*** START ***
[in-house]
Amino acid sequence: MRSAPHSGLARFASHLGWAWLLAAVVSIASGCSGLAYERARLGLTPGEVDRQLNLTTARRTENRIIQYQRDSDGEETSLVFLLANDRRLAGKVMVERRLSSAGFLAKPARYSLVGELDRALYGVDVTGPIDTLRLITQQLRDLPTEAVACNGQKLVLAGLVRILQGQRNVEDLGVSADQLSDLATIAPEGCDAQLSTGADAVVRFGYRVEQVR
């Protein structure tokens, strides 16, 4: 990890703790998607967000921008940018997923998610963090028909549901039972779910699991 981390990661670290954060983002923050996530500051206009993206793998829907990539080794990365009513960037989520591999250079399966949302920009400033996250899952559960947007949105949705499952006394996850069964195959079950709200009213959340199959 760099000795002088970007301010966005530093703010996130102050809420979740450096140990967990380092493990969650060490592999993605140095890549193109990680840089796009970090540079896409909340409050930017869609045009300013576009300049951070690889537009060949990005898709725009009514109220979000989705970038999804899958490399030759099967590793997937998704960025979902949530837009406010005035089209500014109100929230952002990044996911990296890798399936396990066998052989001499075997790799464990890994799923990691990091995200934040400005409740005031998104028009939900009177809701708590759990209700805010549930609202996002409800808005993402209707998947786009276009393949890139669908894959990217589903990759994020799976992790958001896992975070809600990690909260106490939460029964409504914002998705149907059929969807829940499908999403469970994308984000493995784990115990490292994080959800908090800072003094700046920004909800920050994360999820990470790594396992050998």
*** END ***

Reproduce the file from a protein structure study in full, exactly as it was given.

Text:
[in-house]
Amino acid sequence: MRSAPHSGLARFASHLGWAWLLAAVVSIASGCSGLAYERARLGLTPGEVDRQLNLTTARRTENRIIQYQRDSDGEETSLVFLLANDRRLAGKVMVERRLSSAGFLAKPARYSLVGELDRALYGVDVTGPIDTLRLITQQLRDLPTEAVACNGQKLVLAGLVRILQGQRNVEDLGVSADQLSDLATIAPEGCDAQLSTGADAVVRFGYRVEQVR
């Protein structure tokens, strides 16, 4: 990890703790998607967000921008940018997923998610963090028909549901039972779910699991 981390990661670290954060983002923050996530500051206009993206793998829907990539080794990365009513960037989520591999250079399966949302920009400033996250899952559960947007949105949705499952006394996850069964195959079950709200009213959340199959 760099000795002088970007301010966005530093703010996130102050809420979740450096140990967990380092493990969650060490592999993605140095890549193109990680840089796009970090540079896409909340409050930017869609045009300013576009300049951070690889537009060949990005898709725009009514109220979000989705970038999804899958490399030759099967590793997937998704960025979902949530837009406010005035089209500014109100929230952002990044996911990296890798399936396990066998052989001499075997790799464990890994799923990691990091995200934040400005409740005031998104028009939900009177809701708590759990209700805010549930609202996002409800808005993402209707998947786009276009393949890139669908894959990217589903990759994020799976992790958001896992975070809600990690909260106490939460029964409504914002998705149907059929969807829940499908999403469970994308984000493995784990115990490292994080959800908090800072003094700046920004909800920050994360999820990470790594396992050998």